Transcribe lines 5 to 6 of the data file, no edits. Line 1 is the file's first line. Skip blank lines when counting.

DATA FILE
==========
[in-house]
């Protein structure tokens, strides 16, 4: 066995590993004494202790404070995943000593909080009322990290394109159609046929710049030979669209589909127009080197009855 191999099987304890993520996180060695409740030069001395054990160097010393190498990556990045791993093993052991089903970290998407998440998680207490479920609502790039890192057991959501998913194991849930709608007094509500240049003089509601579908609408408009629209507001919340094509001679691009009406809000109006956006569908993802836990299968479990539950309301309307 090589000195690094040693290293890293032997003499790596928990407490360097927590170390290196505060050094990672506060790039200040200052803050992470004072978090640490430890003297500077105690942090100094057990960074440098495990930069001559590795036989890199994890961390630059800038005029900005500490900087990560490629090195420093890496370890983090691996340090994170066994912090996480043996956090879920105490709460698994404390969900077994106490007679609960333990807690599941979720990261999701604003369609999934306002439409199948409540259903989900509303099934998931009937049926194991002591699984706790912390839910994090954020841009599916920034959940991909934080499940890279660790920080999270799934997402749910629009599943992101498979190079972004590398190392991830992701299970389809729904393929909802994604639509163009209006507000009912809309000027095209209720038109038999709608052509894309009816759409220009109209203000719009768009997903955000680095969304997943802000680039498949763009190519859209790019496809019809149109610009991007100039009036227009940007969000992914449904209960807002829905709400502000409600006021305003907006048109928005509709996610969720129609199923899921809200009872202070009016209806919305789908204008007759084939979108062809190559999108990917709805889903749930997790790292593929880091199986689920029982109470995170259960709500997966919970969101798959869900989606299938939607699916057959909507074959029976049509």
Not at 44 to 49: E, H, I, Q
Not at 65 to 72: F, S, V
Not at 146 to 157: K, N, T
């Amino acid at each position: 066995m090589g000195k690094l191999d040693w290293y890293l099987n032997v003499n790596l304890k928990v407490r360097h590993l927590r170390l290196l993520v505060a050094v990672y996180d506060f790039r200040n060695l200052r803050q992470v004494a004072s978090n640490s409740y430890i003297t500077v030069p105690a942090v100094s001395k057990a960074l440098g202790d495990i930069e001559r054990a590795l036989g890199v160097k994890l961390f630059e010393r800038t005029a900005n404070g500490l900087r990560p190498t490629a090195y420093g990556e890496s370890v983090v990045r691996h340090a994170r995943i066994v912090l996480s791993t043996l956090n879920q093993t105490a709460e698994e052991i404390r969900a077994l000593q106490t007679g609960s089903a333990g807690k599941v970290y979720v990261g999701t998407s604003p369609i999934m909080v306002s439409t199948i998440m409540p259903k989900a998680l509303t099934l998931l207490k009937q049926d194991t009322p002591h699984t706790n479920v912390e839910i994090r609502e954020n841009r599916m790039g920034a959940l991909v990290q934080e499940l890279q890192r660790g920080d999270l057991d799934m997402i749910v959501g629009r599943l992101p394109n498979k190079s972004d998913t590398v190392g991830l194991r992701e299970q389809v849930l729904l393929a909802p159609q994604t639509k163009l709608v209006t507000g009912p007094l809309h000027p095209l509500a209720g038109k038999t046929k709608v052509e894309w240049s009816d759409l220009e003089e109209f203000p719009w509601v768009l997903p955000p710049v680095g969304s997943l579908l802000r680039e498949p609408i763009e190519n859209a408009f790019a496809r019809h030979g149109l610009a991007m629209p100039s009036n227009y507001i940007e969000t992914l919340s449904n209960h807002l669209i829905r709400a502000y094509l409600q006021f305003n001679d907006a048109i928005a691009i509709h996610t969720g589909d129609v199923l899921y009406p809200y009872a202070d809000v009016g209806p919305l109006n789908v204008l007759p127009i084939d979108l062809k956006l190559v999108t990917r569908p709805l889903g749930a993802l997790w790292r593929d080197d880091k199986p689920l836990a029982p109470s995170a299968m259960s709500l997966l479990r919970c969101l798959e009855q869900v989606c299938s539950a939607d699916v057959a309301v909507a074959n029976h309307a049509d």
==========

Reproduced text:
Not at 146 to 157: K, N, T
């Amino acid at each position: 066995m090589g000195k690094l191999d040693w290293y890293l099987n032997v003499n790596l304890k928990v407490r360097h590993l927590r170390l290196l993520v505060a050094v990672y996180d506060f790039r200040n060695l200052r803050q992470v004494a004072s978090n640490s409740y430890i003297t500077v030069p105690a942090v100094s001395k057990a960074l440098g202790d495990i930069e001559r054990a590795l036989g890199v160097k994890l961390f630059e010393r800038t005029a900005n404070g500490l900087r990560p190498t490629a090195y420093g990556e890496s370890v983090v990045r691996h340090a994170r995943i066994v912090l996480s791993t043996l956090n879920q093993t105490a709460e698994e052991i404390r969900a077994l000593q106490t007679g609960s089903a333990g807690k599941v970290y979720v990261g999701t998407s604003p369609i999934m909080v306002s439409t199948i998440m409540p259903k989900a998680l509303t099934l998931l207490k009937q049926d194991t009322p002591h699984t706790n479920v912390e839910i994090r609502e954020n841009r599916m790039g920034a959940l991909v990290q934080e499940l890279q890192r660790g920080d999270l057991d799934m997402i749910v959501g629009r599943l992101p394109n498979k190079s972004d998913t590398v190392g991830l194991r992701e299970q389809v849930l729904l393929a909802p159609q994604t639509k163009l709608v209006t507000g009912p007094l809309h000027p095209l509500a209720g038109k038999t046929k709608v052509e894309w240049s009816d759409l220009e003089e109209f203000p719009w509601v768009l997903p955000p710049v680095g969304s997943l579908l802000r680039e498949p609408i763009e190519n859209a408009f790019a496809r019809h030979g149109l610009a991007m629209p100039s009036n227009y507001i940007e969000t992914l919340s449904n209960h807002l669209i829905r709400a502000y094509l409600q006021f305003n001679d907006a048109i928005a691009i509709h996610t969720g589909d129609v199923l899921y009406p809200y009872a202070d809000v009016g209806p919305l109006n789908v204008l007759p127009i084939d979108l062809k956006l190559v999108t990917r569908p709805l889903g749930a993802l997790w790292r593929d080197d880091k199986p689920l836990a029982p109470s995170a299968m259960s709500l997966l479990r919970c969101l798959e009855q869900v989606c299938s539950a939607d699916v057959a309301v909507a074959n029976h309307a049509d």